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State v. Marshall

Decided: March 20, 1985.


On appeal from the Superior Court of New Jersey, Law Division, Ocean County.

King, Deighan and Bilder. The opinion of the court was delivered by King, P.J.A.D.


This motion for leave to appeal is taken by three media intervenors from a partial closure order entered at a bail hearing in a case where the State seeks the death penalty against two defendants and a life sentence against a third. The media intervenors, two newspapers and a radio station, seek disclosure of a detailed 25-page statement by an alleged co-conspirator, McKinnon, a forensic report by the State Police crime laboratory prepared following examination of a tire on defendant Marshall's car, and an eight-page transcript of an in camera discussion of these items. Both the State and the defendant Marshall oppose disclosure of these documents prior to trial.*fn1

The matter was before us previously. On December 31, 1984 I heard oral argument in chambers on the media appellants' emergent application for leave to appeal. At that time the panel decided that neither Judge Huber nor the interested media had received sufficient notice of the possibility of a closure application to hold the type of hearing contemplated by State v. Williams, 93 N.J. 39, 70-73 (1983). We therefore denied leave to appeal on January 3, 1985 without prejudice to the media appellants to formally intervene in the Law Division and to seek a Williams ' closure hearing before Judge Huber. They did so and the judge denied their application for release of McKinnon's detailed 25-page statement, the State Police forensic report, and the in camera transcript, because of potential prejudice to defendants' rights to fair trials. On February 28, 1985 after oral argument on this motion we filed our order granting leave to appeal, R. 2:2-3(b), noting that the appeal

would be decided on the merits on an accelerated basis, R. 2:9-2; R. 2:11-2, and that an opinion would issue "as soon as feasible." This is our conclusion.

In this case the State seeks the death penalty against defendants Marshall and Thompson for the killing of Marshall's wife in Lacey Township, Ocean County, on September 7, 1984. The State alleges that Marshall hired Thompson and McKinnon to kill his wife at a roadside turnoff near Oyster Creek on the Garden State Parkway, a limited-access turnpike which follows the Atlantic coastline in Ocean County. The State contends that Thompson and McKinnon were engaged to make the slaying look like a random robbery of the Marshall couple, resulting in her death and an assault on him. On September 7, 1984 at about 1 a.m. Marshall's wife was shot and killed in the parking lot; defendant Robert Marshall was struck on the head and allegedly rendered unconscious at that time.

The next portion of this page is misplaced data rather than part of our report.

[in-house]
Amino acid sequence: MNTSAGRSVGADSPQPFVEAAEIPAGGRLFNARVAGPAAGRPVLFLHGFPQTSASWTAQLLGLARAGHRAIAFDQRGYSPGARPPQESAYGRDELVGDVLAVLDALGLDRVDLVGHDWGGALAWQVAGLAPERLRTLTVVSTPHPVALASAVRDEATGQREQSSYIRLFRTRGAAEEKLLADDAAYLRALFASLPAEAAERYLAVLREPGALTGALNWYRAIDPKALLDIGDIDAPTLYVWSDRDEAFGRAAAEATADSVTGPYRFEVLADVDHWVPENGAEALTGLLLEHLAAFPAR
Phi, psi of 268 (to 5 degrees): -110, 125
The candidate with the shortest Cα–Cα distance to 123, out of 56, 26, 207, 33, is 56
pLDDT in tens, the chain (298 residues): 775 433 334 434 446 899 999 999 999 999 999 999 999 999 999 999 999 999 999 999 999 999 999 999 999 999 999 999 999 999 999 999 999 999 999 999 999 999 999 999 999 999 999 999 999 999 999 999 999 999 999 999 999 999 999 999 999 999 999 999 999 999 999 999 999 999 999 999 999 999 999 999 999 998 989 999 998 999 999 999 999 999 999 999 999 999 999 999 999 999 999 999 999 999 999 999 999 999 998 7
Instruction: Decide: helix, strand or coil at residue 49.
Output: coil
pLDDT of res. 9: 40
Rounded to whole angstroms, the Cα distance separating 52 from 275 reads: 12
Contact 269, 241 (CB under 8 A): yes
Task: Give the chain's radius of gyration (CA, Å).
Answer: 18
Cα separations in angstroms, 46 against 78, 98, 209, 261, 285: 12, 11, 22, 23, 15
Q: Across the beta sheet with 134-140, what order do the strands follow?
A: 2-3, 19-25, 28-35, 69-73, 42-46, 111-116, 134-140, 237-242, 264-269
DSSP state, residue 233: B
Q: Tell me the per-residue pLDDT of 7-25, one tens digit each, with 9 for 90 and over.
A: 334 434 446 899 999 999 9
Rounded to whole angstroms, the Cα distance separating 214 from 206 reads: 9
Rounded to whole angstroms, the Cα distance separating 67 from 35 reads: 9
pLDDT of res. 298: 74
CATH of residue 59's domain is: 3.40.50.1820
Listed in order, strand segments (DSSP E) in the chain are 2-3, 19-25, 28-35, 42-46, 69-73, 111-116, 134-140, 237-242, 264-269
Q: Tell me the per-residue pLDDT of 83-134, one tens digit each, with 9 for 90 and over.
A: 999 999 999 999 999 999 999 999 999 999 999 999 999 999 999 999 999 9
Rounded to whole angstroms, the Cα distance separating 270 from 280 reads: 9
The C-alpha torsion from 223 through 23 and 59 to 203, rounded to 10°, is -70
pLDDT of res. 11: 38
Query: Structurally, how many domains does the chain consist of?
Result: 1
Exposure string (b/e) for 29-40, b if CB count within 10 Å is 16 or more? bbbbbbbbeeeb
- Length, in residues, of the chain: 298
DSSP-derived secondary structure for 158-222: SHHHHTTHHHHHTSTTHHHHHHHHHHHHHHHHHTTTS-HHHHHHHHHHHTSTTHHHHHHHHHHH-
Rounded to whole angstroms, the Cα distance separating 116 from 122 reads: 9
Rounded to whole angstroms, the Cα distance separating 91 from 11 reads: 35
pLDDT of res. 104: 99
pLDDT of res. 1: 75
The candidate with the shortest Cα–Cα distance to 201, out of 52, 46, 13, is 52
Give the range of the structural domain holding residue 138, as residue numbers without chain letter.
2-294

The State alleges that Thompson was the killer for hire, that Marshall was the instigator, and that Cumber was also involved in the transaction, although perhaps never actually in New Jersey. McKinnon was also allegedly implicated and his detailed statement to the authorities is at the core of the present dispute. McKinnon has obviously turned State's evidence. He is now in protective custody in New Jersey. We understand that he stands prepared to testify and implicate Marshall, Thompson and perhaps Cumber, after having been insulated by a favorable plea agreement exposing him to a relatively short prison term.

The Prosecutor informs us that the trials probably will not begin until early Fall 1985. He says that there will certainly be two, and perhaps three, trials to resolve the matter. Motions for change of venue have been made by defendant Marshall. But his counsel candidly tells us that he is not sure whether or not he will press them, or if so, what venue he would urge on the court. We know nothing of the proposed strategy of defendants Thompson and Cumber in this regard. Thus we are

presently not at all certain when, where, and exactly how these matters will come to trial.

We must decide whether Judge Huber's decision of January 17, 1985 adhering to his closure order of December 24, 1984 meets the test of State v. Williams, supra.

Defendant Marshall was not charged with murder until December 21, 1984. On December 24 he moved for a reduction of his $1.5 million bail. On the same day, the State moved for revocation of bail on the ground that this was a capital case; defendant Marshall's lawyer then moved in open court for closure at the start of the proceeding on December 24. The judge, who did not know the closure motion would be made, denied the motion at the inception of the hearing. The media was not ...

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